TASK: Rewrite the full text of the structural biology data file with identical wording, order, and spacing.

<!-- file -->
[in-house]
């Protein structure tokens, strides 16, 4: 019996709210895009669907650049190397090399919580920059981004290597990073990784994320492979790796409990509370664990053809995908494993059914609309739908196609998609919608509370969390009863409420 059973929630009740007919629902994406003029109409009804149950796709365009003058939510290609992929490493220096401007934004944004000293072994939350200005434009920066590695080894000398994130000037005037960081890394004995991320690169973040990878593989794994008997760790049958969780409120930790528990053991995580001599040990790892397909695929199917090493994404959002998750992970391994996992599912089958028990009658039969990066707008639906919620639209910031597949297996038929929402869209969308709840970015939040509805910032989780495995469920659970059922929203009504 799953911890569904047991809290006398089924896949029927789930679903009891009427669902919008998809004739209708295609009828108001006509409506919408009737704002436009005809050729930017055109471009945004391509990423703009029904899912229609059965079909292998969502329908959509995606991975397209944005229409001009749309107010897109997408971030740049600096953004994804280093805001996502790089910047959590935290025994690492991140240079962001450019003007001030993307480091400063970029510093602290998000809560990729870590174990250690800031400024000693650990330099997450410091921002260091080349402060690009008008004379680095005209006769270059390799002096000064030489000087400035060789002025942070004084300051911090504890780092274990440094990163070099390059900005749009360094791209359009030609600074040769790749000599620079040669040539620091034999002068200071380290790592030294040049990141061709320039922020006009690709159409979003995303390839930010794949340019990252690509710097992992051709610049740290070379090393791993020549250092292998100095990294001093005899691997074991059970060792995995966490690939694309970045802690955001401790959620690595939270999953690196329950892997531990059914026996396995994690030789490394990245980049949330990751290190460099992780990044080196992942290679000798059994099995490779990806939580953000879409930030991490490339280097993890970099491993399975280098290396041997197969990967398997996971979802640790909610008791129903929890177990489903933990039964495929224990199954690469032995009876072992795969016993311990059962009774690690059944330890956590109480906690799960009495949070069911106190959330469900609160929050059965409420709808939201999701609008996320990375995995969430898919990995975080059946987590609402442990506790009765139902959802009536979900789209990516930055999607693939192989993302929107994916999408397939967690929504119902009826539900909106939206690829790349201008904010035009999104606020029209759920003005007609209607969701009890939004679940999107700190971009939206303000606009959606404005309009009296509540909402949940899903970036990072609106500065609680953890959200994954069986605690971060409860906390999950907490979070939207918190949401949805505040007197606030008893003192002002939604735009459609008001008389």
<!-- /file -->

[in-house]
């Protein structure tokens, strides 16, 4: 019996709210895009669907650049190397090399919580920059981004290597990073990784994320492979790796409990509370664990053809995908494993059914609309739908196609998609919608509370969390009863409420 059973929630009740007919629902994406003029109409009804149950796709365009003058939510290609992929490493220096401007934004944004000293072994939350200005434009920066590695080894000398994130000037005037960081890394004995991320690169973040990878593989794994008997760790049958969780409120930790528990053991995580001599040990790892397909695929199917090493994404959002998750992970391994996992599912089958028990009658039969990066707008639906919620639209910031597949297996038929929402869209969308709840970015939040509805910032989780495995469920659970059922929203009504 799953911890569904047991809290006398089924896949029927789930679903009891009427669902919008998809004739209708295609009828108001006509409506919408009737704002436009005809050729930017055109471009945004391509990423703009029904899912229609059965079909292998969502329908959509995606991975397209944005229409001009749309107010897109997408971030740049600096953004994804280093805001996502790089910047959590935290025994690492991140240079962001450019003007001030993307480091400063970029510093602290998000809560990729870590174990250690800031400024000693650990330099997450410091921002260091080349402060690009008008004379680095005209006769270059390799002096000064030489000087400035060789002025942070004084300051911090504890780092274990440094990163070099390059900005749009360094791209359009030609600074040769790749000599620079040669040539620091034999002068200071380290790592030294040049990141061709320039922020006009690709159409979003995303390839930010794949340019990252690509710097992992051709610049740290070379090393791993020549250092292998100095990294001093005899691997074991059970060792995995966490690939694309970045802690955001401790959620690595939270999953690196329950892997531990059914026996396995994690030789490394990245980049949330990751290190460099992780990044080196992942290679000798059994099995490779990806939580953000879409930030991490490339280097993890970099491993399975280098290396041997197969990967398997996971979802640790909610008791129903929890177990489903933990039964495929224990199954690469032995009876072992795969016993311990059962009774690690059944330890956590109480906690799960009495949070069911106190959330469900609160929050059965409420709808939201999701609008996320990375995995969430898919990995975080059946987590609402442990506790009765139902959802009536979900789209990516930055999607693939192989993302929107994916999408397939967690929504119902009826539900909106939206690829790349201008904010035009999104606020029209759920003005007609209607969701009890939004679940999107700190971009939206303000606009959606404005309009009296509540909402949940899903970036990072609106500065609680953890959200994954069986605690971060409860906390999950907490979070939207918190949401949805505040007197606030008893003192002002939604735009459609008001008389």